Baptism is a key, and usually the initial, sacrament in the life of a Christian. Early Christians performed the rite with immersion in water. In the medieval Christian church, the process of infusion was practiced – the pouring of water on the head of the new member of the church.
The area of the church where the sacrament of baptism is performed is known as a baptistery. The original position of a church font is to the left of the south door. Often fonts can be found near the west door. Liturgically the position of the font needs to be close to the principal point of entry to a church. However, reordering in churches over the centuries has meant that the font may not be in its original position.[i]
The word ‘font’ comes from the Latin fons, meaning a natural spring.[ii]
Different font designs come from different times in the medieval period and can be helpful in dating the age of church. Although this needs to be approached cautiously as the font may have been moved from another source. Early fonts may have been sited directly on the ground. However, by the late-medieval period fonts were raised on a plinth, often with steps. The basin of the font would have been lined with lead with a drain hole through the stem and base into a soakaway. It is the soakaway that can inform church archaeology where the original position of a font was.[iii]
During the 13th C ecclesiastical law required that all fonts had lockable covers. In 1236, Edmund, archbishop of Canterbury, ordered that all baptismal fonts should be kept under lock and key as a precaution against sorcery.[iv] This meant there were iron straps and locks fitted. Some of the font covers became elaborate works of ornamentation. This continued through to the Reformation when many covers were forcibly removed. Sometimes evidence of this damage can be seen on font rims.[v]
Years after the Reformation some churches added a font cover back again and these can be simple or elaborate. Also, font bowls were painted and occasionally evidence of this can be seen.[vi]
In the early-medieval period fonts were often tub-shaped, circular, or even square. Possibly the tub shape provided a means of immersion for a baby as a baptismal rite.
At the Cathedral Church of St. Andrew in Wells (Wells Cathedral) there is a font that dates from the original Anglo-Saxon cathedral (dates from 705 built by Aldhelm during the reign of King Ine of Wessex). However, it has been altered. It would have had figures and other decorative features on it originally. The current cathedral was started in 1175 and finished in 1306, and the font was moved into it. To fit in with the gothic cathedral the rounded arches of the font decoration were adjusted to include a point. The font cover dates from circa 1635.
NORMAN & EARLY ENGLISH
From the 13th C octagonal fonts became increasingly common. The number 8 recalls the eighth day is the first day of resurrection. St. Augustine wrote about ‘the Day of the Lord, an everlasting eighth day.’ St. Ambrose explained that ‘on the eighth day, by rising, Christ loosens the bondage of death and receives the dead from their graves.’[vii] The number eight also relates to the concept of a new creation and links the circumcision of Christ on the eighth day after his birth.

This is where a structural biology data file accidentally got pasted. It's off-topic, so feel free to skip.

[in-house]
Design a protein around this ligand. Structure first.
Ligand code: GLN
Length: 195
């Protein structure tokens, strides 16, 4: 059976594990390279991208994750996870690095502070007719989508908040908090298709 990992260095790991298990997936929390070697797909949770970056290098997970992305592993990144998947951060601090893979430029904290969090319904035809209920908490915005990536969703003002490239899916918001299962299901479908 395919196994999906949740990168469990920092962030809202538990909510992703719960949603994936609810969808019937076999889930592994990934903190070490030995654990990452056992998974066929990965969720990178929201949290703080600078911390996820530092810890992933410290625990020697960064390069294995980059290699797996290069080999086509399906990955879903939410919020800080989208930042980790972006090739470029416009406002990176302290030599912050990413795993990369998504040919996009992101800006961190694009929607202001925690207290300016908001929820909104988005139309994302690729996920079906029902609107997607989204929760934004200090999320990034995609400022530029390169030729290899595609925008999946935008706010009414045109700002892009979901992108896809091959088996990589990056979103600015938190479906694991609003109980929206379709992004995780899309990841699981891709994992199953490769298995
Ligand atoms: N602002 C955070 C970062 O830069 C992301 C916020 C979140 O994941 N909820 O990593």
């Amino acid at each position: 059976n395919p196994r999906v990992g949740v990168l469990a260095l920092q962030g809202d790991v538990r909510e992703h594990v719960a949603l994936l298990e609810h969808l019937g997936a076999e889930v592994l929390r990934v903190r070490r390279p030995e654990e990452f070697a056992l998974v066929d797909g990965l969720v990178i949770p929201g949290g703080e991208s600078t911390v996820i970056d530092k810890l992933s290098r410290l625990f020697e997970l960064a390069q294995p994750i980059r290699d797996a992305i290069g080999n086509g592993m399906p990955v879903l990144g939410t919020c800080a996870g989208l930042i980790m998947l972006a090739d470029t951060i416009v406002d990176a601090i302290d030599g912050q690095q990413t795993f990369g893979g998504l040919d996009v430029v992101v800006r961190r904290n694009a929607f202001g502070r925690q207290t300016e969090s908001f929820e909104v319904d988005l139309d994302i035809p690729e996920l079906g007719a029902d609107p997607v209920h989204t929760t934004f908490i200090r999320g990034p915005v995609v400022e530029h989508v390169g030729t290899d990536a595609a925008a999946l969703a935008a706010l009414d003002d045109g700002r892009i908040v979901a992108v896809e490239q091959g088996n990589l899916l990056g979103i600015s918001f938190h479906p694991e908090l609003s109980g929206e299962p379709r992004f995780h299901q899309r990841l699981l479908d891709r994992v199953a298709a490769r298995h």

The octagonal font became the norm of the Perpendicular period of the 14th century onwards. Many have a standard design with ornamentation of tracery, shields, coats of arms, and other heraldic devices. It suggests that there were specialist workshops producing standard fonts.
SEVEN SACRAMENT FONT: Church of St. Mary the Virgin, Nettlecombe, Somerset
However, there are those that are ornamented uniquely or with the seven sacraments (the eighth panel used for another scene such as Christ in Majesty).
Between 1886 and 1907 Harvey Pridham surveyed and made drawings of many of Somerset medieval fonts. He wrote in 1899 about Somerset fonts:
‘The fonts of Somerset, speaking as a general rule, may be said to be a medium between two extremes. They have not the curious, and, in many cases, remarkable wealth in the Grotesque which characterises the Cornish work, nor are they converted into sculpture galleries like those of East Anglia… The fonts of Somerset, while not able to claim superiority over either extreme, are more severely architectural than either, though not so curious as one, nor so magnificent as the other. Without making further comparisons with our neighbours, we may claim to have a wonderful variety in design, although a very large number are severely plain. As might be expected in a county so identified with Perpendicular style, there is an approach to monotony in a few of the fonts of that date.’[viii]
ENGLISH RENAISSANCE FONT – Post Reformation
The font at the Church of St. James, Swimbridge, near Barnstaple in Devon, is a unique and elaborate one. It is essentially a lead-lined hexagonal font in a highly ornamented cupboard. The doors can be closed or folded back to reveal the font. The carving is of the English Renaissance period of the 16th century. Probably late Elizabethan and has kept to non-religious imagery. There are putti faces with wings. There are roundels or medallions with faces in profile. Possibly these portraits in profile are of the patron family that paid for the font. Ruling and wealthy families of the Italian Renaissance had popularised portrait medals as a status object which was used as a prestigious diplomatic or courtly gift to others. Revived from the classical practice of putting emperors’ busts on roundels, medallions, and coins. Leon Battista Alberti (1406-1472) had been the first artist to make a self-portrait medallion. The practice had found its way onto woodwork in Swimbridge in north-west Devon by the late 16th C.
Notes on the Rite of Baptism in the Medieval Period
The following are notes I have made from Nicholas Orme’s excellent book Going to Church in Medieval England. Well worth a read.